Wir brauchen ICD-Arbeitsgruppen Entfernt SM und Fetisch Diagnosen

Trotz neuer Forschungsergebnisse hat sich der Blick der Psychiatrie auf die Themen SM, Fetischismus und fetischistischer Transvestitismus (TV) kaum geändert in den letzten 100 Jahren.

Die meisten Wissenschaftler, die US Psychiater und der Staat Dänemark haben im letzten Jahrzehnt Lederleute als gesund eingestuft. Trotz dieser Tatsache werden Fetischismus, fetischistischer Transvestitismus und Sadomasochismus immer noch als Geisteskrankheit gebrandmarkt von der Weltgesundheitsorganisation (WHO), die nächste Revision des WHO Diagnosehandbuchs ICD-10 ist abzuwarten. Diese Revision wird in wenigen Jahren stattfinden.

In den Vereinigten Staaten von Amerika wurden 1994 die Diagnosen im DSM – dem Diagnostic & Statistical Manual – bedeutend überarbeitet. Sadomasochismus wird als eine gesunde Ausdrucksform der Sexualität betrachtet, so lange das Alltagsleben der betreffenden Person nicht beeinträchtigt wird.

Wie früher die Diagnose Homosexualität, die bei der WHO nicht mehr existiert, werden die SM und Fetisch Diagnosen selten in der ärztlichen Praxis benutzt, um Menschen zu helfen. Im Gegensatz dazu rechtfertigt das Stigma, das diesen Diagnosen anhaftet, diverse Formen der Verfolgung und Diskriminierung dieser sexuellen Minderheit in der Gesellschaft. Die ReviseF65-Gruppe kann dokumentieren, dass Menschen ihre Arbeitsplätze, das Sorgerecht für ihre Kinder usw. verlieren wegen ihrer Vorliebe für SM, diesen Lebensstil und ihre Selbstentfaltung. Diese Diskriminierung ist großteils eine direkte oder indirekte Folge dieser Diagnosen.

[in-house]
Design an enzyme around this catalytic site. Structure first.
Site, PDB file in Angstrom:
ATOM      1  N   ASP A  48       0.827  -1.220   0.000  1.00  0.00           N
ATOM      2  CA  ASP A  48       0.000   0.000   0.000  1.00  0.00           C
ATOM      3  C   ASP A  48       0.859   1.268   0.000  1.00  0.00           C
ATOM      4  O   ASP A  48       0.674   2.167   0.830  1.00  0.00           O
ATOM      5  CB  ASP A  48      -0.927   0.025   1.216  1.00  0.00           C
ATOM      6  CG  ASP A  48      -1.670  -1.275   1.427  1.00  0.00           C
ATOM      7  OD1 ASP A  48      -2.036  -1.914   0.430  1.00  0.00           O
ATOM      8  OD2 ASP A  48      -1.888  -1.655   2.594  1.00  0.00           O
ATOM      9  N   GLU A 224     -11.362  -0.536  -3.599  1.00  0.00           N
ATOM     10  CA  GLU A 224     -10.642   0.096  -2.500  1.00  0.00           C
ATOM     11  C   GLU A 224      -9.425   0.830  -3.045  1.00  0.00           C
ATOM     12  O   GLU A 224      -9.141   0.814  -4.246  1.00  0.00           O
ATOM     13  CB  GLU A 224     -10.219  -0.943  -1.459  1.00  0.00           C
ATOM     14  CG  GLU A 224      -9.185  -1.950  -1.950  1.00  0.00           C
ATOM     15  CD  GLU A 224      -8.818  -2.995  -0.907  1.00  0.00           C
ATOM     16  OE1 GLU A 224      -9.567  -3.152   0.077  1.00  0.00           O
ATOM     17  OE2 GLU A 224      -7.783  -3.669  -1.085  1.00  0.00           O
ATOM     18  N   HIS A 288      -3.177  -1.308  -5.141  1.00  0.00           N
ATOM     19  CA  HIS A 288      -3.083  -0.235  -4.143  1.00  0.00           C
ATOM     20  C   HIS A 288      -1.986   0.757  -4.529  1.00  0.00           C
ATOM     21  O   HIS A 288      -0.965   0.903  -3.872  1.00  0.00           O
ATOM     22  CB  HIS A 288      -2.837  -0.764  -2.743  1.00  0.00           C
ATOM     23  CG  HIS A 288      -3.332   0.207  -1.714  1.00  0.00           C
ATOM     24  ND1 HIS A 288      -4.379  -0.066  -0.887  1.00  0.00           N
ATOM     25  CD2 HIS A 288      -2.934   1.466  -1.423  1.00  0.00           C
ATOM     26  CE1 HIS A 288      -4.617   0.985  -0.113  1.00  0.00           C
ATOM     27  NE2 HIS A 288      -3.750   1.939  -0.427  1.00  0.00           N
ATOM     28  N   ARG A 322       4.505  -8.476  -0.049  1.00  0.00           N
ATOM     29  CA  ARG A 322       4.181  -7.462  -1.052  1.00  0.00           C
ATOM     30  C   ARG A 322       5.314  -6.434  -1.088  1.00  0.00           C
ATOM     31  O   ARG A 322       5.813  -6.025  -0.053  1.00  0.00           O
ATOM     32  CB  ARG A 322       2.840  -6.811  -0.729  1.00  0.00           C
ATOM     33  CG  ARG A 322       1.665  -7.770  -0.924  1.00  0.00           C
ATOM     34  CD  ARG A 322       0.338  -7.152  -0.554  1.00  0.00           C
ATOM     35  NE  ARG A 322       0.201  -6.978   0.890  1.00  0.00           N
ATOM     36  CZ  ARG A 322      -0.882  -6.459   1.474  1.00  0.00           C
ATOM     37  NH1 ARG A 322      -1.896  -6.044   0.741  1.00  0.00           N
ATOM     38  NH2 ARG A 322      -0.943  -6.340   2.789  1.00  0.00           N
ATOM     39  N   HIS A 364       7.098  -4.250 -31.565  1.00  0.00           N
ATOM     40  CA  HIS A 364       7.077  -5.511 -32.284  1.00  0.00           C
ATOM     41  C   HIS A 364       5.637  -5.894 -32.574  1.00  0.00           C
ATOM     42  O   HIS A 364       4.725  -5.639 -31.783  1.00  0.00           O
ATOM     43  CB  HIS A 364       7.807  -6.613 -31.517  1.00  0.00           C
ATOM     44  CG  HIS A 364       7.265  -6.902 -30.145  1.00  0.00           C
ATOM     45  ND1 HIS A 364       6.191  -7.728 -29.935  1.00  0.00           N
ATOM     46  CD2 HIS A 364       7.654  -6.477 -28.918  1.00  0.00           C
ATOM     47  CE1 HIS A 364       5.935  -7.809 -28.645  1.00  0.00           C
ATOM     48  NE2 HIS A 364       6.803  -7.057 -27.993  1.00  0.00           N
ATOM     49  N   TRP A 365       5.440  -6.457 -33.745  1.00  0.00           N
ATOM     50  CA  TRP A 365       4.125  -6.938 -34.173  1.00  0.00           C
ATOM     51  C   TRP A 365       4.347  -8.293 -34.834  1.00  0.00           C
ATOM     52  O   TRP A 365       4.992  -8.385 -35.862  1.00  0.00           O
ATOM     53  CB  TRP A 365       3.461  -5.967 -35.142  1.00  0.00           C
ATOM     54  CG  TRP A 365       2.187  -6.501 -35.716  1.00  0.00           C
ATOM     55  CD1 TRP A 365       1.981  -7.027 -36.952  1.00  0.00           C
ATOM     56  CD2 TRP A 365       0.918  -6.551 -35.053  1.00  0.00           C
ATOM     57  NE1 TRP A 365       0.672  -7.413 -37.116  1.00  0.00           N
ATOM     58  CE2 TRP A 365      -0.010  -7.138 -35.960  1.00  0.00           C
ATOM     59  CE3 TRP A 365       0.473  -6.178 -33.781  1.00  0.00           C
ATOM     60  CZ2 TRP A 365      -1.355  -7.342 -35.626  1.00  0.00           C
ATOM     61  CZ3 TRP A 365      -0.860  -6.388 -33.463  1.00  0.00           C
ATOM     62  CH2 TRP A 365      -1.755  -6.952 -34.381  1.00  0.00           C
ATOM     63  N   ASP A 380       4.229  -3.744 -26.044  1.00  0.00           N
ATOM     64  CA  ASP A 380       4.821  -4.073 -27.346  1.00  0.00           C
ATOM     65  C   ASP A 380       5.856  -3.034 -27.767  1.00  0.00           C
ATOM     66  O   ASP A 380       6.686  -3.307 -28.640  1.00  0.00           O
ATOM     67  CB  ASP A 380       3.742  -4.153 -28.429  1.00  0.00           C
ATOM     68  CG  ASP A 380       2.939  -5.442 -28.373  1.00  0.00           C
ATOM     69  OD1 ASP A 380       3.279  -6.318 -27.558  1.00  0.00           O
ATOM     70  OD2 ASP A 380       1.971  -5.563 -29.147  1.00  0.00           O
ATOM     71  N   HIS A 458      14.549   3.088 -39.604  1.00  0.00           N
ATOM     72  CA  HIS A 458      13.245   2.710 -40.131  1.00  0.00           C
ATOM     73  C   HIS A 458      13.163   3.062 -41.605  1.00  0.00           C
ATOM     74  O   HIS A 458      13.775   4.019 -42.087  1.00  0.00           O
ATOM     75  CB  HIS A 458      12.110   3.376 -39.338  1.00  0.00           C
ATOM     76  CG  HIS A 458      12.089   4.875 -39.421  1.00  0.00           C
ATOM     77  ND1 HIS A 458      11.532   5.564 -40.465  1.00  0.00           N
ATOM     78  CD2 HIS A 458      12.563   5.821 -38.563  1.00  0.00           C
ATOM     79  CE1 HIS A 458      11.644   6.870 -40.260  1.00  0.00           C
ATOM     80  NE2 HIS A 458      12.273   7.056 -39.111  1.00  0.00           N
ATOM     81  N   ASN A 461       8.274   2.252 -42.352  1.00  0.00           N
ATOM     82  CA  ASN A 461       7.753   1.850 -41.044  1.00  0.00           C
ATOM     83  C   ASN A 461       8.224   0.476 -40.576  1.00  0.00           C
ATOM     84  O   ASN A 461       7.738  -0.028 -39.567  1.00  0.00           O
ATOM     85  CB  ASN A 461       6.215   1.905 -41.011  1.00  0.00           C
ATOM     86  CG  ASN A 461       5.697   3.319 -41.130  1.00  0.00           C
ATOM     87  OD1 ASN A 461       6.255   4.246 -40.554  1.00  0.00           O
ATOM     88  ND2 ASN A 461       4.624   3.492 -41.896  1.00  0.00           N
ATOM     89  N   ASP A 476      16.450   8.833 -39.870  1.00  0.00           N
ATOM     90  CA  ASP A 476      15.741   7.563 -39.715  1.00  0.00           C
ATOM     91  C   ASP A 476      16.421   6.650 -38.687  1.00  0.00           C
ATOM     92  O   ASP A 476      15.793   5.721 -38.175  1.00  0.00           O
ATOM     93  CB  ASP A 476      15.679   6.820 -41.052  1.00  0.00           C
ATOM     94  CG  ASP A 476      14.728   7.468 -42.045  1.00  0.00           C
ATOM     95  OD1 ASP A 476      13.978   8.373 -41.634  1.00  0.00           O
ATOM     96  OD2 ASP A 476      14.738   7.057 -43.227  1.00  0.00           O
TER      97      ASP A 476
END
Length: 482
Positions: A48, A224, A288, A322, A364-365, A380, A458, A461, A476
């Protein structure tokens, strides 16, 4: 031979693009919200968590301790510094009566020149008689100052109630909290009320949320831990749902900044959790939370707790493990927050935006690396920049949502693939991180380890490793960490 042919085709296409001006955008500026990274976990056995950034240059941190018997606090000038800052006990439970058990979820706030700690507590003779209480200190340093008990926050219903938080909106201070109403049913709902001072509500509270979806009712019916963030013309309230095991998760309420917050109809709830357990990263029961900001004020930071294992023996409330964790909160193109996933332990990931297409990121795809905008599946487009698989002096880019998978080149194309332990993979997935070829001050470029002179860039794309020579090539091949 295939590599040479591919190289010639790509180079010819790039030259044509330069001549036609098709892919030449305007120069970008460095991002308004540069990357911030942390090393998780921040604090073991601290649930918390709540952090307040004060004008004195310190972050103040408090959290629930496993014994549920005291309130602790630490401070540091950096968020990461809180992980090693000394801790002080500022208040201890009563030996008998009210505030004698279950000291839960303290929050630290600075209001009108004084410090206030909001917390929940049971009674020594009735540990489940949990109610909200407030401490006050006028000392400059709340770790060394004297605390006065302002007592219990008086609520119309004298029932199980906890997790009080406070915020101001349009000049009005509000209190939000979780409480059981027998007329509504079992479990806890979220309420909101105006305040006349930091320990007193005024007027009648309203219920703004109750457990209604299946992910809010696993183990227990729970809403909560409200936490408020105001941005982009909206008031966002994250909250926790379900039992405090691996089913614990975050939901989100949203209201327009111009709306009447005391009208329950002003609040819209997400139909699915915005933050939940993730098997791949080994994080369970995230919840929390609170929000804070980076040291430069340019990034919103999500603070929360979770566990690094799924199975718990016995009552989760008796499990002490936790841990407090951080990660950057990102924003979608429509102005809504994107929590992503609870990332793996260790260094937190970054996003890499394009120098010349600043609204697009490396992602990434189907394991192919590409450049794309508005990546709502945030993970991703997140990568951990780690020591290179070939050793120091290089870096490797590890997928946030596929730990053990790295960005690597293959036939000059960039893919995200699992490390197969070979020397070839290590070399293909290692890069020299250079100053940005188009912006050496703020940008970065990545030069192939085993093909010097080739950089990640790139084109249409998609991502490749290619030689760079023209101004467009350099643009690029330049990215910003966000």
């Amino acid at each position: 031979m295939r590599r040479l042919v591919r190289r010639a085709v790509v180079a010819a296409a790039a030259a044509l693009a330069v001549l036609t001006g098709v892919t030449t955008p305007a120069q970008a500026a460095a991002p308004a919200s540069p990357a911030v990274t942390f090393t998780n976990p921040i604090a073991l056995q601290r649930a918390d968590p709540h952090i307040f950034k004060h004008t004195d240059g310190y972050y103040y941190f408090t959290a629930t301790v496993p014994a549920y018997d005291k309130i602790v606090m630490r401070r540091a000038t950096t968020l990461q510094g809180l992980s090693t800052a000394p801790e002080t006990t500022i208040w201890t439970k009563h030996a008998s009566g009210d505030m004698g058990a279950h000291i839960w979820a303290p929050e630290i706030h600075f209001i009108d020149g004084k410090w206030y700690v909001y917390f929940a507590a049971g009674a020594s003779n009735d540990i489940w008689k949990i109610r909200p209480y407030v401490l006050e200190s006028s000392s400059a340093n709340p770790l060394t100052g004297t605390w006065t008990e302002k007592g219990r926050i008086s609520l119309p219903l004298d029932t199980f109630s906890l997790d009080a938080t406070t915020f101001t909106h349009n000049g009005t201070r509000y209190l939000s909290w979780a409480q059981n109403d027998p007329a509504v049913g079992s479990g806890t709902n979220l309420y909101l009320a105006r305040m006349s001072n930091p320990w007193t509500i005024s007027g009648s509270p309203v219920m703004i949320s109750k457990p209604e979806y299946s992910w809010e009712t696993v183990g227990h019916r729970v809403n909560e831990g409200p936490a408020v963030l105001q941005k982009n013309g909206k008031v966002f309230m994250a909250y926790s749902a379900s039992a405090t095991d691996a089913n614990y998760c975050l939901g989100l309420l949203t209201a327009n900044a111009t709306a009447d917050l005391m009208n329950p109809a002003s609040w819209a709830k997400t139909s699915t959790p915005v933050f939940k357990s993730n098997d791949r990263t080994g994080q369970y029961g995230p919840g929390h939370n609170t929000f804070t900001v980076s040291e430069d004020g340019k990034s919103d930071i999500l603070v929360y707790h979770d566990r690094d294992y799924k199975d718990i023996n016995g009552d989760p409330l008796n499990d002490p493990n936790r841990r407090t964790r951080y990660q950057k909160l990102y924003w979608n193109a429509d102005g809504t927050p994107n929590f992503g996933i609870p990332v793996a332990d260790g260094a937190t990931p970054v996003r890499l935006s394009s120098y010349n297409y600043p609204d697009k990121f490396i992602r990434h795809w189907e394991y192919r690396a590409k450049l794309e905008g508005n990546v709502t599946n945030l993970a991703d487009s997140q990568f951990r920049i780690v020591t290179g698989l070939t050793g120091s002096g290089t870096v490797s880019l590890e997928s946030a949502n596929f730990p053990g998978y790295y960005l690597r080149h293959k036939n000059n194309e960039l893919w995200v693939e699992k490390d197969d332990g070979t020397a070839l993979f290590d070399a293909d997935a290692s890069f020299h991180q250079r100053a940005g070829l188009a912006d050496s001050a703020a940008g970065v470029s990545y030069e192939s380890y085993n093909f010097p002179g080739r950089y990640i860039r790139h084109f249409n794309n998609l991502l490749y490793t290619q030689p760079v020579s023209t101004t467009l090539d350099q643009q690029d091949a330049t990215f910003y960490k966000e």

Vor über 30 Jahren betrachtete die Schwulenbewegung es als eine wichtige Grundlage, zuerst die Diagnose Homosexualität aus der International Classification of Diseases (ICD) zu entfernen, bevor überhaupt weitere Verbesserungen in Bezug auf die Menschenrechtssituation möglich waren. Wenn eine Gruppe als geisteskrank betrachtet wird, hören nur sehr wenige Menschen Deinen Argumenten für den Abbau von Vorurteilen in der Gesellschaft zu.

Die ReviseF65 Bewegung hat heute dasselbe Ziel. Wir betrachten unprofessionelle und stigmatisierende SM- und Fetischdiagnosen als eines der größten Hindernisse, die dem entgegenstehen, dass für uns die Menschenrechte akzeptiert werden. Die Abschaffung dieser Diagnosen ist ein sehr wichtiger Schritt in den Bemühungen, Vorurteile gegenüber der SM-Leder-Fetisch-Bevölkerung abzubauen.

Das pansexuelle ReviseF65 Komitee mit Sitz in Norwegen konzentriert sich auf die fehlende wissenschaftliche Basis der heutigen Diagnosen und versucht, ein internationales Netzwerk von Aktivisten und Experten aufzubauen, um diese Diagnosen zu entfernen.

Was kannst Du in Deinem Land tun?

Wie früher bei der Diagnose Homosexualität; je mehr Länder ihre nationalen SM und Fetisch Diagnosen entfernen, desto größer ist die Wahrscheinlichkeit, dass die Weltgesundheitsorganisation folgen wird. Nationale ICD-Diagnosen können nur von Gruppen in den entsprechenden Ländern entfernt werden. Diese Arbeit muss von der SM-Leder-Fetisch-Bewegung selbst gemacht werden. Du kannst nicht erwarten, dass irgendwer für Deine Freiheit gegenüber solcher Diskriminierung kämpft, wenn Du es nicht selbst tust.

Die Hilfe von Individuen ist immer willkommen, aber effektiver ist es, lokale und nationale Arbeitsgruppen zu gründen, um die betreffenden Experten für mentale Gesundheit anzusprechen.

Beispiele für nationale Strategien